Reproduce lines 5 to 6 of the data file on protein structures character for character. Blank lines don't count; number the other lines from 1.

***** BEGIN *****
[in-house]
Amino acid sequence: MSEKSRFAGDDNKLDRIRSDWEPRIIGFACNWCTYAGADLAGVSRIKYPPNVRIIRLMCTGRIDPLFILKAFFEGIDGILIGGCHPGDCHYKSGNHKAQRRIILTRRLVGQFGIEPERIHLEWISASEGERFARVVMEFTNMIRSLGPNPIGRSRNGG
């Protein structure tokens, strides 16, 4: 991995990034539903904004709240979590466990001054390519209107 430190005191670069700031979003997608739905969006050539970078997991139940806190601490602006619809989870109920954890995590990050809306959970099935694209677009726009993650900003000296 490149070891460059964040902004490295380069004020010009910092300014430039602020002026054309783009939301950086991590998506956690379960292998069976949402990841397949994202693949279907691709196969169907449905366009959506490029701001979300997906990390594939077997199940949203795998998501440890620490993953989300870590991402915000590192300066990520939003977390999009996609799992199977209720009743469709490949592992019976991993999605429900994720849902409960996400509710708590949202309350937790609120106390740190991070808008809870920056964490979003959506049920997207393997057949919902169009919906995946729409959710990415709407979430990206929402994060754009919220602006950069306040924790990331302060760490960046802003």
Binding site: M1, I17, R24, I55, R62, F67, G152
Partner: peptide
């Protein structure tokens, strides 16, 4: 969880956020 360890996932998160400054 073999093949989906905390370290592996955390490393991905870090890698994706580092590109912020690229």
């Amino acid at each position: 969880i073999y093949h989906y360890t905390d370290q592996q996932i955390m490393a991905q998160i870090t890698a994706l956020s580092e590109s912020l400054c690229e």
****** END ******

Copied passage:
Partner: peptide
């Protein structure tokens, strides 16, 4: 969880956020 360890996932998160400054 073999093949989906905390370290592996955390490393991905870090890698994706580092590109912020690229």